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The Flu May Be Spread Just By Breathing?!

By Hoku Krueger ; Updated January 23, 2018

To guard yourself against the worst flu season in a decade, you’ve probably been taking extra care to stay far away from people who are coughing and sneezing. But that might not be enough, according to a new study, which found it may be possible to spread the flu just by breathing the same air as someone who is sick! Ugh.

“We found that flu cases contaminated the air around them with infectious virus just by breathing, without coughing or sneezing,” Dr. Donald Milton, M.D., Dr.P.H., professor of environmental health in the University of Maryland School of Public Health and lead researcher of the study, explains in a statement. “People with flu generate infectious aerosols (tiny droplets that stay suspended in the air for a long time) even when they are not coughing, and especially during the first days of illness. So when someone is coming down with influenza, they should go home and not remain in the workplace and infect others.”

Before this study, we didn’t know much about the amount and infectiousness of the flu virus lurking in our breath, according to the study’s authors. To learn more, they monitored 142 University of Maryland students who had confirmed cases of the flu. The students were asked to stick their faces into a machine — the aptly named Gesundheit II, which measures the droplets shed while breathing, talking, coughing or sneezing — for 30 minutes at a time. Each student did this on the first, second and third days after their symptoms began.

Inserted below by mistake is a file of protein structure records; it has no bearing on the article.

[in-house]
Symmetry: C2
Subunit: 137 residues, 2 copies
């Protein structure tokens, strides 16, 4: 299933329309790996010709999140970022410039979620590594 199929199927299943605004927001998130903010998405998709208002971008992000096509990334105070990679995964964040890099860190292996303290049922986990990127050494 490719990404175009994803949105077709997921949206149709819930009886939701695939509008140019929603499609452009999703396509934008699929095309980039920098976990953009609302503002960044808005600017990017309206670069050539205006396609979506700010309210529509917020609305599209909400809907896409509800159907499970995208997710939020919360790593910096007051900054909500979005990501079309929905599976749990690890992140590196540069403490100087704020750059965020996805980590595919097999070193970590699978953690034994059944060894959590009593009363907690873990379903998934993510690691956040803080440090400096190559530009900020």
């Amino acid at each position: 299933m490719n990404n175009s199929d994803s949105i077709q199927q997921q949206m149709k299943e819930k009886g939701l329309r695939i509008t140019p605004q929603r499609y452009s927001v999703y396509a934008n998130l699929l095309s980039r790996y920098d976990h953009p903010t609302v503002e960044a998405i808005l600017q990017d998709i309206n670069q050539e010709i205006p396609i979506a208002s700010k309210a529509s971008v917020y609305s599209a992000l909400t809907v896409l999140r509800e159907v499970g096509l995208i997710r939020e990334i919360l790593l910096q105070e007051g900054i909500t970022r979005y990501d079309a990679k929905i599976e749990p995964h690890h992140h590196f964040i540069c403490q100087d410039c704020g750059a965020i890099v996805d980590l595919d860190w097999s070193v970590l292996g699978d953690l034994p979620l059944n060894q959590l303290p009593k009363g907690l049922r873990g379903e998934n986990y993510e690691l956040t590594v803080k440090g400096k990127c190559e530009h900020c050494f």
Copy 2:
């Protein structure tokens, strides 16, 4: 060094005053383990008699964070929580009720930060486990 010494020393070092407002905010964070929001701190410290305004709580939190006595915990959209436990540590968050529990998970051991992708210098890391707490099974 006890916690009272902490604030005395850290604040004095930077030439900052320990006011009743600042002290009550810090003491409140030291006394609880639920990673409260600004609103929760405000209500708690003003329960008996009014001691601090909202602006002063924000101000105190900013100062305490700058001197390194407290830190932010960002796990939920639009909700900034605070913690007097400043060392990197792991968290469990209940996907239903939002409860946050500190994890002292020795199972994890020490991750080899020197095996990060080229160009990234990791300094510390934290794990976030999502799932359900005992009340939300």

To every germaphobe’s dismay, the researchers found that 11 of the 23 samples that didn’t involve coughing (48 percent) contained flu matter, demonstrating that, yes, it’s theoretically possible to spread the flu just by breathing.

Interestingly, sneezing didn’t produce more flu matter in the samples, meaning that it doesn’t necessarily contribute to virus shedding as much as you might have thought. (Please don’t take that as an excuse not to cover your mouth while sneezing, though.)

Because the study, which was funded by the Centers for Disease Control and Prevention and the National Institutes of Health, didn’t track transmission, the researchers can’t confirm that the exhaled droplets would have given someone the flu. Nevertheless, Milton tells Time that the study suggests that “if that person next to you looks really sick, even if they’re not coughing, they can probably infect you.”

If future studies prove that these airborne droplets can transmit the flu, they could influence the way that public spaces are built and ventilated. For now? “The take-home message is to stay away from other people when you’re sick with flu-like symptoms, even if you’re not coughing,” Milton says.

So, please, if you’re feeling even remotely sick this flu season, do us all a favor and stay home!

Read more: 12 Not-So-Common Tips to Fend Off Cold and Flu

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